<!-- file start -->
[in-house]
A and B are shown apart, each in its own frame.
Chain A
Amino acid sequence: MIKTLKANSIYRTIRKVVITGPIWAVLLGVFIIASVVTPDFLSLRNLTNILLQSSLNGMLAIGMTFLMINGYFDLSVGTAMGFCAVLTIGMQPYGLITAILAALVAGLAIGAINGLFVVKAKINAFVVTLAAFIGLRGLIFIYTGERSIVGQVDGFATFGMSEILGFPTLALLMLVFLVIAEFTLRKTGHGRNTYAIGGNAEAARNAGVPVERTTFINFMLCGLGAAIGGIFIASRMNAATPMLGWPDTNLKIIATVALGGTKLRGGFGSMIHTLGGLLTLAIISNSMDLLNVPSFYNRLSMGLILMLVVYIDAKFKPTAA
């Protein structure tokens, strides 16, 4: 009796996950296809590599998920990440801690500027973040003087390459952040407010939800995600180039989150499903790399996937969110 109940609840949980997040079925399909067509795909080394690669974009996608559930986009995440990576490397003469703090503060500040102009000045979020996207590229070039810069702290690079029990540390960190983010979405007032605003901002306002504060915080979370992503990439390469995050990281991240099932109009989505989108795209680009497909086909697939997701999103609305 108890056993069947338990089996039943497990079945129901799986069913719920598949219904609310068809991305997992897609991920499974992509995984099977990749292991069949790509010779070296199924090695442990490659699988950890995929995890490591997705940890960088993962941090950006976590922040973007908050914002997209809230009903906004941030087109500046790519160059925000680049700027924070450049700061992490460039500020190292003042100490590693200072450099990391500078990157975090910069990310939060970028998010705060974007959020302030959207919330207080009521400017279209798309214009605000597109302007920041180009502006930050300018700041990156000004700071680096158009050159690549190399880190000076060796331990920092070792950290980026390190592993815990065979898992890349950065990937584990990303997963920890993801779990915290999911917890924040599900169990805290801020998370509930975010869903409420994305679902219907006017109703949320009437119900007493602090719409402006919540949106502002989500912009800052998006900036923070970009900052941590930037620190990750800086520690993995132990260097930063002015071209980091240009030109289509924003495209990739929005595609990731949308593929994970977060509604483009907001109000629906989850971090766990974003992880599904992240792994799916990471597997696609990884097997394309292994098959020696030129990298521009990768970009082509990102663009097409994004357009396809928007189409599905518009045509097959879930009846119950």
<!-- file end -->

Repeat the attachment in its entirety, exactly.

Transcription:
[in-house]
A and B are shown apart, each in its own frame.
Chain A
Amino acid sequence: MIKTLKANSIYRTIRKVVITGPIWAVLLGVFIIASVVTPDFLSLRNLTNILLQSSLNGMLAIGMTFLMINGYFDLSVGTAMGFCAVLTIGMQPYGLITAILAALVAGLAIGAINGLFVVKAKINAFVVTLAAFIGLRGLIFIYTGERSIVGQVDGFATFGMSEILGFPTLALLMLVFLVIAEFTLRKTGHGRNTYAIGGNAEAARNAGVPVERTTFINFMLCGLGAAIGGIFIASRMNAATPMLGWPDTNLKIIATVALGGTKLRGGFGSMIHTLGGLLTLAIISNSMDLLNVPSFYNRLSMGLILMLVVYIDAKFKPTAA
């Protein structure tokens, strides 16, 4: 009796996950296809590599998920990440801690500027973040003087390459952040407010939800995600180039989150499903790399996937969110 109940609840949980997040079925399909067509795909080394690669974009996608559930986009995440990576490397003469703090503060500040102009000045979020996207590229070039810069702290690079029990540390960190983010979405007032605003901002306002504060915080979370992503990439390469995050990281991240099932109009989505989108795209680009497909086909697939997701999103609305 108890056993069947338990089996039943497990079945129901799986069913719920598949219904609310068809991305997992897609991920499974992509995984099977990749292991069949790509010779070296199924090695442990490659699988950890995929995890490591997705940890960088993962941090950006976590922040973007908050914002997209809230009903906004941030087109500046790519160059925000680049700027924070450049700061992490460039500020190292003042100490590693200072450099990391500078990157975090910069990310939060970028998010705060974007959020302030959207919330207080009521400017279209798309214009605000597109302007920041180009502006930050300018700041990156000004700071680096158009050159690549190399880190000076060796331990920092070792950290980026390190592993815990065979898992890349950065990937584990990303997963920890993801779990915290999911917890924040599900169990805290801020998370509930975010869903409420994305679902219907006017109703949320009437119900007493602090719409402006919540949106502002989500912009800052998006900036923070970009900052941590930037620190990750800086520690993995132990260097930063002015071209980091240009030109289509924003495209990739929005595609990731949308593929994970977060509604483009907001109000629906989850971090766990974003992880599904992240792994799916990471597997696609990884097997394309292994098959020696030129990298521009990768970009082509990102663009097409994004357009396809928007189409599905518009045509097959879930009846119950």